Section 161.551, Florida Statutes, requires state agencies, municipalities, counties, special districts, authorities or other corporate bodies of the state, which commission or manage a construction project within the coastal building zone using funds appropriated from the state to conduct a sea-level impact projection (“SLIP”) study. The SLIP study must be conducted, submitted to the department, and published on the department’s website before construction can commence. The department will maintain a copy of all SLIP studies on this website for 10 years after receipt.
The department has adopted Chapter 62S-7, Florida Administrative Code, which implements section 161.551, and provides for the requirements for state financed constructors, SLIP study standards, and the implementation and enforcement of SLIP study requirements.
The SLIP tool is now available to help you complete SLIP studies quickly, easily, and at no cost. There are many resources and references on the SLIP tool website that will help you understand how to use the tool to better understand sea level rise and flooding risks.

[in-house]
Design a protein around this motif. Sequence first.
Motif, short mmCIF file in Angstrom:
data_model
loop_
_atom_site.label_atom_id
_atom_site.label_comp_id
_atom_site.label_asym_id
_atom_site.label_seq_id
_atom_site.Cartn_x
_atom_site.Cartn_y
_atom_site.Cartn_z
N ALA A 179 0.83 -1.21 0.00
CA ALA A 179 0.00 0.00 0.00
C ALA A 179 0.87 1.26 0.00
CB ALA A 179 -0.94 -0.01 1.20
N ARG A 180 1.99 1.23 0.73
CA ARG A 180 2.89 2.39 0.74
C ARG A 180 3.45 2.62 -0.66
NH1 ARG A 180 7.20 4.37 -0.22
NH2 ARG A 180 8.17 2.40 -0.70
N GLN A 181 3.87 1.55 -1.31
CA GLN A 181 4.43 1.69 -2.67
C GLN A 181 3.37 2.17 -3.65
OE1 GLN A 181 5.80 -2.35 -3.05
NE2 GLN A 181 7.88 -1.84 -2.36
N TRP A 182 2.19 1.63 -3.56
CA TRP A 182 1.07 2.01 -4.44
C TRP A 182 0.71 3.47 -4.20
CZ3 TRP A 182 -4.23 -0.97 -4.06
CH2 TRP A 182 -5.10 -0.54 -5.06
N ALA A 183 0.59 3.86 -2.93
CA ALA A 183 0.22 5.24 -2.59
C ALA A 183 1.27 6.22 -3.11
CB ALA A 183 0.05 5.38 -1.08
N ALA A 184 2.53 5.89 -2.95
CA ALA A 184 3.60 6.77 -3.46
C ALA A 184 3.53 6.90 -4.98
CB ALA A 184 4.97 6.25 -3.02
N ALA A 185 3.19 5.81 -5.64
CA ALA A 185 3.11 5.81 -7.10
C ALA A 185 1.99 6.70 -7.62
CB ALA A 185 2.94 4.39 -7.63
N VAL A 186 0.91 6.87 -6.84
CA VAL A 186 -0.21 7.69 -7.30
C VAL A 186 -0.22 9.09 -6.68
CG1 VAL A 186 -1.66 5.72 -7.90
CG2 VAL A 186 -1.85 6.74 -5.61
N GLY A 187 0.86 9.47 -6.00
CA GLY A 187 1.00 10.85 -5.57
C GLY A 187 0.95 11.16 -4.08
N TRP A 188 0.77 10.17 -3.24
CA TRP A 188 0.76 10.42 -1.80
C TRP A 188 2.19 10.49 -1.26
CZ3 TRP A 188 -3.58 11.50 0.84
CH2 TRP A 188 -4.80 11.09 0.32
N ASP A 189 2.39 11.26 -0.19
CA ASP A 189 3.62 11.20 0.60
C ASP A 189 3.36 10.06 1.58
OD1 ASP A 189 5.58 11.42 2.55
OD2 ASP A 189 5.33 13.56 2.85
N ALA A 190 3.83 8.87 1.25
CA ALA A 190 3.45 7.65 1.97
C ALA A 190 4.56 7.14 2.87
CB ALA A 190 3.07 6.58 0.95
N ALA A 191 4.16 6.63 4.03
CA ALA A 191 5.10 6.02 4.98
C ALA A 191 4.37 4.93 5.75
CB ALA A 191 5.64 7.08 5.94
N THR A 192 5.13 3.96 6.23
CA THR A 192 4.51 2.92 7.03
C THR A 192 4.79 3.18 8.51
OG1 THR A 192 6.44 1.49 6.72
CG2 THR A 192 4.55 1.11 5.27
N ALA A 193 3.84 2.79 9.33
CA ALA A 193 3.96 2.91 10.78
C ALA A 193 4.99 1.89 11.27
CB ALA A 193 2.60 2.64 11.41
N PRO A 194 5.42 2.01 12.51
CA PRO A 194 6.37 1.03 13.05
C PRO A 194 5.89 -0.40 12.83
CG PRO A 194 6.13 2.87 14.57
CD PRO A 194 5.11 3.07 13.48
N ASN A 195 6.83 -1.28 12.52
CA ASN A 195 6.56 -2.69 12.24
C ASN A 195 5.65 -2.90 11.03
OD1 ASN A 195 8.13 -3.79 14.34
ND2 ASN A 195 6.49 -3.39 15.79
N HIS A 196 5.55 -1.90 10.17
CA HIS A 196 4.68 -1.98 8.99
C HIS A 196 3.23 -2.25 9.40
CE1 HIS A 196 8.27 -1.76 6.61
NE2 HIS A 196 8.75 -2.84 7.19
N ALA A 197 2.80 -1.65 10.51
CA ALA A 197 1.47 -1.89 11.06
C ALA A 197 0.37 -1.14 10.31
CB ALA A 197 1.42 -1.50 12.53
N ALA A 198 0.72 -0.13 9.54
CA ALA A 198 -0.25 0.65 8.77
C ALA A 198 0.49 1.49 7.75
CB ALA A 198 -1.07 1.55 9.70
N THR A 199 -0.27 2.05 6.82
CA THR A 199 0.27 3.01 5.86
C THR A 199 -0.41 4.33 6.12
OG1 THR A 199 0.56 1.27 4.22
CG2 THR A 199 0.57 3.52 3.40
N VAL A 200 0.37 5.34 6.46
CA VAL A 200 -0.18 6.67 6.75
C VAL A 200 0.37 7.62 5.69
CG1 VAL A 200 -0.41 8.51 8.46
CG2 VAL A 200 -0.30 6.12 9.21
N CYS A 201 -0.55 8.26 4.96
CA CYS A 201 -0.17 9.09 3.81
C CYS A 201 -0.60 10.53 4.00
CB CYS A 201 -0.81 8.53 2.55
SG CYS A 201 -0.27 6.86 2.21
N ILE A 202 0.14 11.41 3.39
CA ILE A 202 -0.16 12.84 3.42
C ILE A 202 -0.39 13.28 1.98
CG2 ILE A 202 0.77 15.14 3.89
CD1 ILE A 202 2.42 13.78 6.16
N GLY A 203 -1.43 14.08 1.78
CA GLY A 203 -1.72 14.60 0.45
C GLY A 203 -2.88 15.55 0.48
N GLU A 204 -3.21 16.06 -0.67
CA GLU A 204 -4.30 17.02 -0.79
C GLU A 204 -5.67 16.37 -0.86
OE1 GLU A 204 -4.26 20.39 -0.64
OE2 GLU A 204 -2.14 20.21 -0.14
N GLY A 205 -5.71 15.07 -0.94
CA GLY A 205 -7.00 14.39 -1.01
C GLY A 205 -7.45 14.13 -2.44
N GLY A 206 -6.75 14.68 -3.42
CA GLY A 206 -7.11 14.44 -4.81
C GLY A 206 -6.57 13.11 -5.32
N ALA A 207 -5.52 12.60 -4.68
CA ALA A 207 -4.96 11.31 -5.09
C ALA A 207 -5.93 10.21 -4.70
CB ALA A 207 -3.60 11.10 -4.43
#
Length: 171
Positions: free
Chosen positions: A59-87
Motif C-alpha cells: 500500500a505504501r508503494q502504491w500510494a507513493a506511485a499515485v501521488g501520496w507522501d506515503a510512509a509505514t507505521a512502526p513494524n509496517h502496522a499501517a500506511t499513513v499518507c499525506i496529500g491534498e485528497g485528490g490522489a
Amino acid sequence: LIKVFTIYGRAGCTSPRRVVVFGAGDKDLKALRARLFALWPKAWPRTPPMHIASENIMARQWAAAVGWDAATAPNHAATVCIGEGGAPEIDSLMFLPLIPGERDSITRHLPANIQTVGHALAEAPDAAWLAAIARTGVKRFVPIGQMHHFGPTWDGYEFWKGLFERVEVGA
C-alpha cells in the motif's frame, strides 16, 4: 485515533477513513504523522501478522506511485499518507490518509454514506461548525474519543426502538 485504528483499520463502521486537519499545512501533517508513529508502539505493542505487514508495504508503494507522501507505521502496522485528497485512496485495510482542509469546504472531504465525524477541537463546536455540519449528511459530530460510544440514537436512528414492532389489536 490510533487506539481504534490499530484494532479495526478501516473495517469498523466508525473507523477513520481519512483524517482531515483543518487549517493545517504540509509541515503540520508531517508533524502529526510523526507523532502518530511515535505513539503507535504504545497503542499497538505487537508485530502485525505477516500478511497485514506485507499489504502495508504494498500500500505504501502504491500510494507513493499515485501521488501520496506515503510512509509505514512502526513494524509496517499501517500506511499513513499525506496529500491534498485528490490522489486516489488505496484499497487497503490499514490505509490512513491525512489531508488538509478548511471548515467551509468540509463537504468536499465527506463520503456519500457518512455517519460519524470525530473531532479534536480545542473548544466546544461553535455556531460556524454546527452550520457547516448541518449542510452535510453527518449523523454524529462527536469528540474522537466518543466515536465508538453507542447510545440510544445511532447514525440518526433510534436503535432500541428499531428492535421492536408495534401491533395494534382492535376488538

To use the SLIP tool to produce and submit a SLIP study, your local government must request a secure account. Please email Resilience@FloridaDEP.gov to make your request. One account per local government will be established at this time. It is the account holder’s responsibility to ensure the security of the local government’s log in credentials. Accounts will be established within one week of submitting the request.
For more information about the statute, rule, and tool, you can watch a recording of the Aug. 4, 2021 Coastal Resilience Forum when the tool was unveiled located on the Coastal Resilience Forum page. Advance the recording to timestamp 1:26:14 to go directly to the SLIP tool information.
The Florida Department of Environmental Protection is the state’s lead agency for environmental management and stewardship – protecting our air, water and land. The vision of the Florida Department of Environmental Protection is to create strong community partnerships, safeguard Florida’s natural resources and enhance its ecosystems.